This past weekend I spent some time cleaning up the basement seed starting area. Last year, a few of you asked about seeing it, so here it is. My seed starting area always starts out neat and tidy in January, but slowly descends into chaos as more and more seeds get started and as the gardening season ramps up. Add to that all the plants that get hurriedly carried in when the weather turns cold in the fall and it can get to be quite a mess. It remains that way until January, when I head down with my mop to clean it all up for the new season. I’ve always got a furry helper by my side “helping” me with the chores so it’s not so bad (this time it was Dexter).
My seed starting area consists of a collection of random items that have been given to me throughout the years. The table I use is an old enameled top table that was left in the first house my parents purchased, it’s much older and I am (probably by 2 or maybe 3). It’s quirky and interesting, I’ve loved it since I was a kid. This table used to sit under our laundry shoot in our old house with a basket on top.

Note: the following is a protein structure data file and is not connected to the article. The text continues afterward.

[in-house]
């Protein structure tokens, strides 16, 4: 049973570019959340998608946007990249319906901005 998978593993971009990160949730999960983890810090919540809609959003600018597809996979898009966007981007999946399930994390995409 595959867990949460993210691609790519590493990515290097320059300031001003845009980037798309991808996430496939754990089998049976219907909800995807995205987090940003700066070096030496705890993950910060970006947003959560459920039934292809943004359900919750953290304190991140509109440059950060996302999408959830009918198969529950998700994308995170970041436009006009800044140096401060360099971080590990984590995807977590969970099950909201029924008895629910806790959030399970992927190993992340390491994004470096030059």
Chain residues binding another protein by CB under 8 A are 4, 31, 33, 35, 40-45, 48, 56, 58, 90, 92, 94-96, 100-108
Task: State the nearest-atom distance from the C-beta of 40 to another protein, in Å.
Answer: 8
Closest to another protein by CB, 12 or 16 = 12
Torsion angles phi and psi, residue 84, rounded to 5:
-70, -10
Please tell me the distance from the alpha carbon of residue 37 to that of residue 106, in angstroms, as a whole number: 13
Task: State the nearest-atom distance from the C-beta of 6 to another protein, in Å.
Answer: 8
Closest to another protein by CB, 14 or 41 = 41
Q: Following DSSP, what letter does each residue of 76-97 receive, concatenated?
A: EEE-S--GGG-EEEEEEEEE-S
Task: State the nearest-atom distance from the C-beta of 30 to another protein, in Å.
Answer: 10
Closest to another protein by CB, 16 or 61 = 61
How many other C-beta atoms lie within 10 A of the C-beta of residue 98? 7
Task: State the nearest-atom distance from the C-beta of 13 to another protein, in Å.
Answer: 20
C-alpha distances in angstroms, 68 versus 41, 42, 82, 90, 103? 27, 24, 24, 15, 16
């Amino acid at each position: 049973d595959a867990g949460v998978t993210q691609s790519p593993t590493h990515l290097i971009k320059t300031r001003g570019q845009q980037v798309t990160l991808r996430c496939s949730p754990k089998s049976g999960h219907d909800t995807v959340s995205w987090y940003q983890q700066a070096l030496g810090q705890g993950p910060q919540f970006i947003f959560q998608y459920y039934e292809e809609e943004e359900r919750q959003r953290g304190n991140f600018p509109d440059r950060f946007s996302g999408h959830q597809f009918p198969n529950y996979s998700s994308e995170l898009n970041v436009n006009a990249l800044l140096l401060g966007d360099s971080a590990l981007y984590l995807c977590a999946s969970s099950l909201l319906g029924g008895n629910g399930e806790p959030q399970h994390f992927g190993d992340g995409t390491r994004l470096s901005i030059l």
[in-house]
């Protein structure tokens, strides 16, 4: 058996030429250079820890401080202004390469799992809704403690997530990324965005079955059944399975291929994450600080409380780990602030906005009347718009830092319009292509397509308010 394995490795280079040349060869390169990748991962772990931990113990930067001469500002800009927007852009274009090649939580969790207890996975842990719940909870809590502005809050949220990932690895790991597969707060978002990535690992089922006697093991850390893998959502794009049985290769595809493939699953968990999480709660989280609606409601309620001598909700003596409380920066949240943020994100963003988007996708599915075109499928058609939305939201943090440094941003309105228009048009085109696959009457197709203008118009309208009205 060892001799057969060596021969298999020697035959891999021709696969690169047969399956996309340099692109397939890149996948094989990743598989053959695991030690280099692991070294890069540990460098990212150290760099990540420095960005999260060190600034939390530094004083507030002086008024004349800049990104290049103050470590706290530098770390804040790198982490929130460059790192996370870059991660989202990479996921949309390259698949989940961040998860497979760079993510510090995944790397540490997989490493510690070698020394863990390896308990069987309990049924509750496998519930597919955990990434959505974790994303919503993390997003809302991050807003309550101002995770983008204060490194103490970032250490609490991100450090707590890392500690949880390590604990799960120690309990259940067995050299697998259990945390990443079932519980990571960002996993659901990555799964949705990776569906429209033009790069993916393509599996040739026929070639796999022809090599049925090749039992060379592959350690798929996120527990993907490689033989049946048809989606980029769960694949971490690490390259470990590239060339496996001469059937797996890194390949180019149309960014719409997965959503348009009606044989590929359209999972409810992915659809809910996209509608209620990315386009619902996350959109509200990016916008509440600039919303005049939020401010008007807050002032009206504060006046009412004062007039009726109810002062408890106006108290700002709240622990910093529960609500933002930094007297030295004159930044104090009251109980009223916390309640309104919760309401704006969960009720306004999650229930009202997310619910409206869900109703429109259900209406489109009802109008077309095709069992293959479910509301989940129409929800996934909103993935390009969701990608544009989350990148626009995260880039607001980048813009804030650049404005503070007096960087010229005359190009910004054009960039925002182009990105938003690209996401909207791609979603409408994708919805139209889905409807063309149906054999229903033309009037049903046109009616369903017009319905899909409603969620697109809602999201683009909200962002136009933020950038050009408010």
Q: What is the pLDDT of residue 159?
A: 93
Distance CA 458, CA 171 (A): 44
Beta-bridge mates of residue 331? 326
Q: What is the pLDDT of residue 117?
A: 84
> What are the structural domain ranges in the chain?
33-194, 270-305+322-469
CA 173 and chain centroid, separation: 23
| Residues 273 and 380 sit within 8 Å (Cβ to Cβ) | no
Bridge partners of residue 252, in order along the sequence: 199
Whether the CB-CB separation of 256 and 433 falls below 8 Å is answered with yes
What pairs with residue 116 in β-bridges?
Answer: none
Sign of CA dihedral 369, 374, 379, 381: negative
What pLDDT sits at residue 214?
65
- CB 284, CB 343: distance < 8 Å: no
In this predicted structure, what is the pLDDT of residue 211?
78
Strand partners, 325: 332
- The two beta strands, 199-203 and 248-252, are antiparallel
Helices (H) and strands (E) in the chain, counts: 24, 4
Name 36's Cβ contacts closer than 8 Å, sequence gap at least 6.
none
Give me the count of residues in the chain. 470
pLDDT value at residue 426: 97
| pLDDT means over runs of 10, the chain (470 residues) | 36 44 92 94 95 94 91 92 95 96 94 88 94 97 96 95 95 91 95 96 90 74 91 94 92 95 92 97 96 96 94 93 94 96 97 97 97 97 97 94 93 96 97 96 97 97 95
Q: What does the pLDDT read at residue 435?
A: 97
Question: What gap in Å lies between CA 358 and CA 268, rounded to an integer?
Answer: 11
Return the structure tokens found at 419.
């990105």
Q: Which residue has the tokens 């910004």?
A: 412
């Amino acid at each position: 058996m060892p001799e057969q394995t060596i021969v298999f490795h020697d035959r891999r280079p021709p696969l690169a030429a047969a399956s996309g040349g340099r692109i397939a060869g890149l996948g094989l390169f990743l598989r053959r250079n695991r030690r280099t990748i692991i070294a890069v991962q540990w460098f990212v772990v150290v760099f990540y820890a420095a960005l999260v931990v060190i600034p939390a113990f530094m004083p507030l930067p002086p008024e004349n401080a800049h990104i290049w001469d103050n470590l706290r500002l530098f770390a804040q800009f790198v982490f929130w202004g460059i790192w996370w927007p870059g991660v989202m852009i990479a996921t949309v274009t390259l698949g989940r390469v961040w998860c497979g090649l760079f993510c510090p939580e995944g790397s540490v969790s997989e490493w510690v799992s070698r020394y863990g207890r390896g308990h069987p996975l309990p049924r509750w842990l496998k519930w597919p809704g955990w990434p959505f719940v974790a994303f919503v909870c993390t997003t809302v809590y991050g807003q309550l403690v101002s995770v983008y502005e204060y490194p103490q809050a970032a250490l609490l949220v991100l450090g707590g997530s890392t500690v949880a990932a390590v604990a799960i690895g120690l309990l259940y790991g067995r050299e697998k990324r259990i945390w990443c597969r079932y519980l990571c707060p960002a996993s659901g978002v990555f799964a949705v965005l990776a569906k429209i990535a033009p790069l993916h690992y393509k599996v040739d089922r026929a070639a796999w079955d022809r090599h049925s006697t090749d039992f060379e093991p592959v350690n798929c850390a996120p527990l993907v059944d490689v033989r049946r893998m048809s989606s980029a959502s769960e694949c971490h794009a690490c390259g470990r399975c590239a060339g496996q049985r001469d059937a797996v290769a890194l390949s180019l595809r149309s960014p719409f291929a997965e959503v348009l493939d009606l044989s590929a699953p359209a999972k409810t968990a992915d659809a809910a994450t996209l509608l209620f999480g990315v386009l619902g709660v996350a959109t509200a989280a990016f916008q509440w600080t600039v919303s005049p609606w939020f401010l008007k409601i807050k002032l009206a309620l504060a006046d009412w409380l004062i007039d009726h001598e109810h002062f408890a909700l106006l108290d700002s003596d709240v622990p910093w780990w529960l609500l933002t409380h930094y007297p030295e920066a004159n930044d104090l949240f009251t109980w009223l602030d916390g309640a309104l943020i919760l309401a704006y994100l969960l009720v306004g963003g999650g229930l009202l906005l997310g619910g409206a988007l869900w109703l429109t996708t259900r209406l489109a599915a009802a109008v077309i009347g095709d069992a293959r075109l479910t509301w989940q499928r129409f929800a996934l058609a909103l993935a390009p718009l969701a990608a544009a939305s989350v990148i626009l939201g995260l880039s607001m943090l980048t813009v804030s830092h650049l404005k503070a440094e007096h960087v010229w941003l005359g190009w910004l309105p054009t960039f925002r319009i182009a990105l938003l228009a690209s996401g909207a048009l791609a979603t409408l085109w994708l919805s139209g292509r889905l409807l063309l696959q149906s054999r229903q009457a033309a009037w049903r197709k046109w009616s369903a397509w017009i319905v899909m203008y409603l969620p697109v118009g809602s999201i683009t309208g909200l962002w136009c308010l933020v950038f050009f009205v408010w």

My light shelf was given to me a few years ago by my mom when she got a new one. One tray has been removed and replaced with a piece of plywood topped by a heating mat for those seeds that appreciate some warmth, like: peppers, tomatoes, onions, etc. Head on over to the Your Day Blog to read my post about how this seed table recently taught me a valuable lesson.
After sweeping, mopping, dusting and cleaning up, everything was back in order and ready for the coming season, which officially started on Tuesday (more on that tomorrow). It’s nice to have this little corner of the basement set up as a seed starting area, it’s quite cold down there since our basement in unheated, but with a heating mat for the warm loving crops everything does just fine!
Do you have a dedicated seed starting area?
A seedling heating mat seedling heating mat is money well spent if your seed starting area is in a cold area of the house. I have this 20-3/4-Inch by 48-Inch which accommodates 4 flats of seeds, you only need to keep the trays on the mat until the majority of the seeds germinate.Filed under Around the House, Seed Sowing | Comments (19)